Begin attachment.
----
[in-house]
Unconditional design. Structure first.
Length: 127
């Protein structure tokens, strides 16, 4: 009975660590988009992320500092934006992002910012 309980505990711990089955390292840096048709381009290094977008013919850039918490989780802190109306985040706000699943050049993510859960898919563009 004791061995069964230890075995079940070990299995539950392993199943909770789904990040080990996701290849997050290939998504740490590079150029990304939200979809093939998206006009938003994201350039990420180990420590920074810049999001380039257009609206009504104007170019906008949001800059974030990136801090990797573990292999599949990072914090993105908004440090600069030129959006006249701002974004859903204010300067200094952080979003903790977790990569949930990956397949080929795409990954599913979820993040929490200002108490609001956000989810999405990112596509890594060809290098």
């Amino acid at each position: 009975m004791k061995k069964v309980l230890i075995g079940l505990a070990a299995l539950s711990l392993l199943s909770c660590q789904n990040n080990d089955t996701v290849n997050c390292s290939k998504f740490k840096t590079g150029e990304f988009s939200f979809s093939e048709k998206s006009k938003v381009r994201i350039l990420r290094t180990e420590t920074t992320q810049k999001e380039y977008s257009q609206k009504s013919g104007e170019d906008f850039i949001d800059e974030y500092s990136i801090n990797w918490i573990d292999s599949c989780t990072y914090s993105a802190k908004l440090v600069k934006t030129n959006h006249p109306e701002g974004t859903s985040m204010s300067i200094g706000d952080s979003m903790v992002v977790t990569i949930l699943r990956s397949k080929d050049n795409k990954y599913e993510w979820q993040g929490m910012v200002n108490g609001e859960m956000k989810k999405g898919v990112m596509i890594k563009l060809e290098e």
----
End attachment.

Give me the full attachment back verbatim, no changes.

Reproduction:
[in-house]
Unconditional design. Structure first.
Length: 127
């Protein structure tokens, strides 16, 4: 009975660590988009992320500092934006992002910012 309980505990711990089955390292840096048709381009290094977008013919850039918490989780802190109306985040706000699943050049993510859960898919563009 004791061995069964230890075995079940070990299995539950392993199943909770789904990040080990996701290849997050290939998504740490590079150029990304939200979809093939998206006009938003994201350039990420180990420590920074810049999001380039257009609206009504104007170019906008949001800059974030990136801090990797573990292999599949990072914090993105908004440090600069030129959006006249701002974004859903204010300067200094952080979003903790977790990569949930990956397949080929795409990954599913979820993040929490200002108490609001956000989810999405990112596509890594060809290098």
């Amino acid at each position: 009975m004791k061995k069964v309980l230890i075995g079940l505990a070990a299995l539950s711990l392993l199943s909770c660590q789904n990040n080990d089955t996701v290849n997050c390292s290939k998504f740490k840096t590079g150029e990304f988009s939200f979809s093939e048709k998206s006009k938003v381009r994201i350039l990420r290094t180990e420590t920074t992320q810049k999001e380039y977008s257009q609206k009504s013919g104007e170019d906008f850039i949001d800059e974030y500092s990136i801090n990797w918490i573990d292999s599949c989780t990072y914090s993105a802190k908004l440090v600069k934006t030129n959006h006249p109306e701002g974004t859903s985040m204010s300067i200094g706000d952080s979003m903790v992002v977790t990569i949930l699943r990956s397949k080929d050049n795409k990954y599913e993510w979820q993040g929490m910012v200002n108490g609001e859960m956000k989810k999405g898919v990112m596509i890594k563009l060809e290098e």